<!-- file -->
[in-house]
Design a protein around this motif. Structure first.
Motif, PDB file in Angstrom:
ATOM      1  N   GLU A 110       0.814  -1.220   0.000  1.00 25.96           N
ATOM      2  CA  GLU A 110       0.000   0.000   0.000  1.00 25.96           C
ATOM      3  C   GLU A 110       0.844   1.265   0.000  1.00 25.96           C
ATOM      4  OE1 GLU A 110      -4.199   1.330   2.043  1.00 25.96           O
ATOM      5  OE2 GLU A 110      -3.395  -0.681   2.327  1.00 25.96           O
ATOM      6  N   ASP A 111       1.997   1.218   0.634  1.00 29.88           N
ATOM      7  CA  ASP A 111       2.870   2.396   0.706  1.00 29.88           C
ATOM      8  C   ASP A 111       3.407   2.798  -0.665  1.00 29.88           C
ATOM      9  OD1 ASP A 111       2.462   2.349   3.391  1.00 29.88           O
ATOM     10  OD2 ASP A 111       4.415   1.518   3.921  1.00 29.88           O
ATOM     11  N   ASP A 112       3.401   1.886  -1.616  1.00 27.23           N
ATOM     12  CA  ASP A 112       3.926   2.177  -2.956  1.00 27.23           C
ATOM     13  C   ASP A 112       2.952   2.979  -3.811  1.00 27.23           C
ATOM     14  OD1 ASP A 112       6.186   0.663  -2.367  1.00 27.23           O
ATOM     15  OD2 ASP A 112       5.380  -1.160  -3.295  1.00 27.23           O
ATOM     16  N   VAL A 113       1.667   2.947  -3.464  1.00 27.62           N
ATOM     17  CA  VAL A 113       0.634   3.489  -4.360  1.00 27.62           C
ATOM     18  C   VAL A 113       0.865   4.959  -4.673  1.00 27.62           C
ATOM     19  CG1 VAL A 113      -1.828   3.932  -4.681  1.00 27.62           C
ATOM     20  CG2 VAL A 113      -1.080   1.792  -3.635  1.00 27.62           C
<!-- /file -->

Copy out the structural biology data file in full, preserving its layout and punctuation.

[in-house]
Design a protein around this motif. Structure first.
Motif, PDB file in Angstrom:
ATOM      1  N   GLU A 110       0.814  -1.220   0.000  1.00 25.96           N
ATOM      2  CA  GLU A 110       0.000   0.000   0.000  1.00 25.96           C
ATOM      3  C   GLU A 110       0.844   1.265   0.000  1.00 25.96           C
ATOM      4  OE1 GLU A 110      -4.199   1.330   2.043  1.00 25.96           O
ATOM      5  OE2 GLU A 110      -3.395  -0.681   2.327  1.00 25.96           O
ATOM      6  N   ASP A 111       1.997   1.218   0.634  1.00 29.88           N
ATOM      7  CA  ASP A 111       2.870   2.396   0.706  1.00 29.88           C
ATOM      8  C   ASP A 111       3.407   2.798  -0.665  1.00 29.88           C
ATOM      9  OD1 ASP A 111       2.462   2.349   3.391  1.00 29.88           O
ATOM     10  OD2 ASP A 111       4.415   1.518   3.921  1.00 29.88           O
ATOM     11  N   ASP A 112       3.401   1.886  -1.616  1.00 27.23           N
ATOM     12  CA  ASP A 112       3.926   2.177  -2.956  1.00 27.23           C
ATOM     13  C   ASP A 112       2.952   2.979  -3.811  1.00 27.23           C
ATOM     14  OD1 ASP A 112       6.186   0.663  -2.367  1.00 27.23           O
ATOM     15  OD2 ASP A 112       5.380  -1.160  -3.295  1.00 27.23           O
ATOM     16  N   VAL A 113       1.667   2.947  -3.464  1.00 27.62           N
ATOM     17  CA  VAL A 113       0.634   3.489  -4.360  1.00 27.62           C
ATOM     18  C   VAL A 113       0.865   4.959  -4.673  1.00 27.62           C
ATOM     19  CG1 VAL A 113      -1.828   3.932  -4.681  1.00 27.62           C
ATOM     20  CG2 VAL A 113      -1.080   1.792  -3.635  1.00 27.62           C